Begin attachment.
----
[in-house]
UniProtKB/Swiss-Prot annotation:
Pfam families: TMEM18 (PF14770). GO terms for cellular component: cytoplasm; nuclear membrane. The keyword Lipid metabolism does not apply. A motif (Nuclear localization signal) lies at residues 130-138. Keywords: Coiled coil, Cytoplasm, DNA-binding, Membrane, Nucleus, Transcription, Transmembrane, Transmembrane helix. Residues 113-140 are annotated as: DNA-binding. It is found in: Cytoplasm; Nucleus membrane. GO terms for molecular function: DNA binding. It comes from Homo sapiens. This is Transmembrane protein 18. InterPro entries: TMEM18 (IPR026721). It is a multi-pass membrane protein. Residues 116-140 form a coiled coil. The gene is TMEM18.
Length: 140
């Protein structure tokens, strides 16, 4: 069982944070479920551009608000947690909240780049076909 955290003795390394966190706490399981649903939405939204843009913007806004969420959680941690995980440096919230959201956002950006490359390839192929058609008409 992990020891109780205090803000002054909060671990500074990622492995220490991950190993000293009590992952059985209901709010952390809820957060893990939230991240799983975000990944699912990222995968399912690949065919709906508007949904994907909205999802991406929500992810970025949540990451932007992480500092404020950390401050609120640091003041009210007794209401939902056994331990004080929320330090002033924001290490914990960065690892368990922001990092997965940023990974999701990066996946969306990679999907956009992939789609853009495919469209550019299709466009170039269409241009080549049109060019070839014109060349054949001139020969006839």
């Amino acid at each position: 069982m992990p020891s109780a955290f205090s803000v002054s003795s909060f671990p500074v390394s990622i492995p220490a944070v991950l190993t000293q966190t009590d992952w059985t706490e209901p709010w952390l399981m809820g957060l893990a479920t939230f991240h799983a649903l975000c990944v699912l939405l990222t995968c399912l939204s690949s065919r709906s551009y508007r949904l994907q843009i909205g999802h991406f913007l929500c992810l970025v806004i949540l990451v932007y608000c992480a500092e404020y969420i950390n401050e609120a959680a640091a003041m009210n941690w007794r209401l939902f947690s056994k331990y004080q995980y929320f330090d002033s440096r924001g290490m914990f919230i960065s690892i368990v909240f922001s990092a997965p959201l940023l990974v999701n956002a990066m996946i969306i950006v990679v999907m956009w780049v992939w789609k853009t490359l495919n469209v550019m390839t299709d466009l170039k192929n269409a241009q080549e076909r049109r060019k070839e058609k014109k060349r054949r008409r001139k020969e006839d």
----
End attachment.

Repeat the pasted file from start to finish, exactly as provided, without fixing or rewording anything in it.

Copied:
[in-house]
UniProtKB/Swiss-Prot annotation:
Pfam families: TMEM18 (PF14770). GO terms for cellular component: cytoplasm; nuclear membrane. The keyword Lipid metabolism does not apply. A motif (Nuclear localization signal) lies at residues 130-138. Keywords: Coiled coil, Cytoplasm, DNA-binding, Membrane, Nucleus, Transcription, Transmembrane, Transmembrane helix. Residues 113-140 are annotated as: DNA-binding. It is found in: Cytoplasm; Nucleus membrane. GO terms for molecular function: DNA binding. It comes from Homo sapiens. This is Transmembrane protein 18. InterPro entries: TMEM18 (IPR026721). It is a multi-pass membrane protein. Residues 116-140 form a coiled coil. The gene is TMEM18.
Length: 140
């Protein structure tokens, strides 16, 4: 069982944070479920551009608000947690909240780049076909 955290003795390394966190706490399981649903939405939204843009913007806004969420959680941690995980440096919230959201956002950006490359390839192929058609008409 992990020891109780205090803000002054909060671990500074990622492995220490991950190993000293009590992952059985209901709010952390809820957060893990939230991240799983975000990944699912990222995968399912690949065919709906508007949904994907909205999802991406929500992810970025949540990451932007992480500092404020950390401050609120640091003041009210007794209401939902056994331990004080929320330090002033924001290490914990960065690892368990922001990092997965940023990974999701990066996946969306990679999907956009992939789609853009495919469209550019299709466009170039269409241009080549049109060019070839014109060349054949001139020969006839």
């Amino acid at each position: 069982m992990p020891s109780a955290f205090s803000v002054s003795s909060f671990p500074v390394s990622i492995p220490a944070v991950l190993t000293q966190t009590d992952w059985t706490e209901p709010w952390l399981m809820g957060l893990a479920t939230f991240h799983a649903l975000c990944v699912l939405l990222t995968c399912l939204s690949s065919r709906s551009y508007r949904l994907q843009i909205g999802h991406f913007l929500c992810l970025v806004i949540l990451v932007y608000c992480a500092e404020y969420i950390n401050e609120a959680a640091a003041m009210n941690w007794r209401l939902f947690s056994k331990y004080q995980y929320f330090d002033s440096r924001g290490m914990f919230i960065s690892i368990v909240f922001s990092a997965p959201l940023l990974v999701n956002a990066m996946i969306i950006v990679v999907m956009w780049v992939w789609k853009t490359l495919n469209v550019m390839t299709d466009l170039k192929n269409a241009q080549e076909r049109r060019k070839e058609k014109k060349r054949r008409r001139k020969e006839d």